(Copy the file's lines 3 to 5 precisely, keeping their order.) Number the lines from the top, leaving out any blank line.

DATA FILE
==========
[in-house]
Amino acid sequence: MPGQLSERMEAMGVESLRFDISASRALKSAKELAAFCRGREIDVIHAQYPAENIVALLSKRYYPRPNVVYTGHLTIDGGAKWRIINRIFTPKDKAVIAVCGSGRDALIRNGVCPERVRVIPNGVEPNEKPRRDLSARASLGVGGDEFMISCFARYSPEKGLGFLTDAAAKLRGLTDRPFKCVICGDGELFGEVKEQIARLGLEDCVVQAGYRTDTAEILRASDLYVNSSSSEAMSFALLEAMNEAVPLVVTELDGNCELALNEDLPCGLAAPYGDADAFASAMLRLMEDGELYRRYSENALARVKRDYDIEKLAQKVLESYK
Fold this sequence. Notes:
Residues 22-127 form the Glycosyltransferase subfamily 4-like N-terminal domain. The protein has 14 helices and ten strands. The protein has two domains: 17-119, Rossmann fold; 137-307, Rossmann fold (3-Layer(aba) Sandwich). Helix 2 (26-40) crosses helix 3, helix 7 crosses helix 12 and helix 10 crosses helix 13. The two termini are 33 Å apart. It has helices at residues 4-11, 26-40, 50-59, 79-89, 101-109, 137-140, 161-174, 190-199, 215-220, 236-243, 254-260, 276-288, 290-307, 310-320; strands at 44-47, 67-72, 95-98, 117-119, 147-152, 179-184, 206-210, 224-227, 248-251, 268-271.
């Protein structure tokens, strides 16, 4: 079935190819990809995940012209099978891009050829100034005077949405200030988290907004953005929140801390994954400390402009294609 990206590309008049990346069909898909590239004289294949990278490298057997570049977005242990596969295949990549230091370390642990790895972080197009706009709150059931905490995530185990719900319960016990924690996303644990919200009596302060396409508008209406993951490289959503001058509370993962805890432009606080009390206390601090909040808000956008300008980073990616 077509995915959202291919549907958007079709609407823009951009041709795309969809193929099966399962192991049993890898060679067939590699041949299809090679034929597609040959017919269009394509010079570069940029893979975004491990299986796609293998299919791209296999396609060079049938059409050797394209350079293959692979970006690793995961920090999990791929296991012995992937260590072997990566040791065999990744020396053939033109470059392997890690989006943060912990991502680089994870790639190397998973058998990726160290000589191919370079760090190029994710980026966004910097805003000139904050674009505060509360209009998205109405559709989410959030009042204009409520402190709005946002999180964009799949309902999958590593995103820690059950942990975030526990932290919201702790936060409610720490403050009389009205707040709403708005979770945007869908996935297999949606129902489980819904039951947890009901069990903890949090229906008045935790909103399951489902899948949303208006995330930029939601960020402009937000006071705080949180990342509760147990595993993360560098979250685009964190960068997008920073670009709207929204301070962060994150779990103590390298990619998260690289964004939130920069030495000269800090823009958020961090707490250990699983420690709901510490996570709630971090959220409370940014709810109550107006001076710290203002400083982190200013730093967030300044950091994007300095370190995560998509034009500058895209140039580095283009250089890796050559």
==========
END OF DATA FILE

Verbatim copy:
Fold this sequence. Notes:
Residues 22-127 form the Glycosyltransferase subfamily 4-like N-terminal domain. The protein has 14 helices and ten strands. The protein has two domains: 17-119, Rossmann fold; 137-307, Rossmann fold (3-Layer(aba) Sandwich). Helix 2 (26-40) crosses helix 3, helix 7 crosses helix 12 and helix 10 crosses helix 13. The two termini are 33 Å apart. It has helices at residues 4-11, 26-40, 50-59, 79-89, 101-109, 137-140, 161-174, 190-199, 215-220, 236-243, 254-260, 276-288, 290-307, 310-320; strands at 44-47, 67-72, 95-98, 117-119, 147-152, 179-184, 206-210, 224-227, 248-251, 268-271.
């Protein structure tokens, strides 16, 4: 079935190819990809995940012209099978891009050829100034005077949405200030988290907004953005929140801390994954400390402009294609 990206590309008049990346069909898909590239004289294949990278490298057997570049977005242990596969295949990549230091370390642990790895972080197009706009709150059931905490995530185990719900319960016990924690996303644990919200009596302060396409508008209406993951490289959503001058509370993962805890432009606080009390206390601090909040808000956008300008980073990616 077509995915959202291919549907958007079709609407823009951009041709795309969809193929099966399962192991049993890898060679067939590699041949299809090679034929597609040959017919269009394509010079570069940029893979975004491990299986796609293998299919791209296999396609060079049938059409050797394209350079293959692979970006690793995961920090999990791929296991012995992937260590072997990566040791065999990744020396053939033109470059392997890690989006943060912990991502680089994870790639190397998973058998990726160290000589191919370079760090190029994710980026966004910097805003000139904050674009505060509360209009998205109405559709989410959030009042204009409520402190709005946002999180964009799949309902999958590593995103820690059950942990975030526990932290919201702790936060409610720490403050009389009205707040709403708005979770945007869908996935297999949606129902489980819904039951947890009901069990903890949090229906008045935790909103399951489902899948949303208006995330930029939601960020402009937000006071705080949180990342509760147990595993993360560098979250685009964190960068997008920073670009709207929204301070962060994150779990103590390298990619998260690289964004939130920069030495000269800090823009958020961090707490250990699983420690709901510490996570709630971090959220409370940014709810109550107006001076710290203002400083982190200013730093967030300044950091994007300095370190995560998509034009500058895209140039580095283009250089890796050559």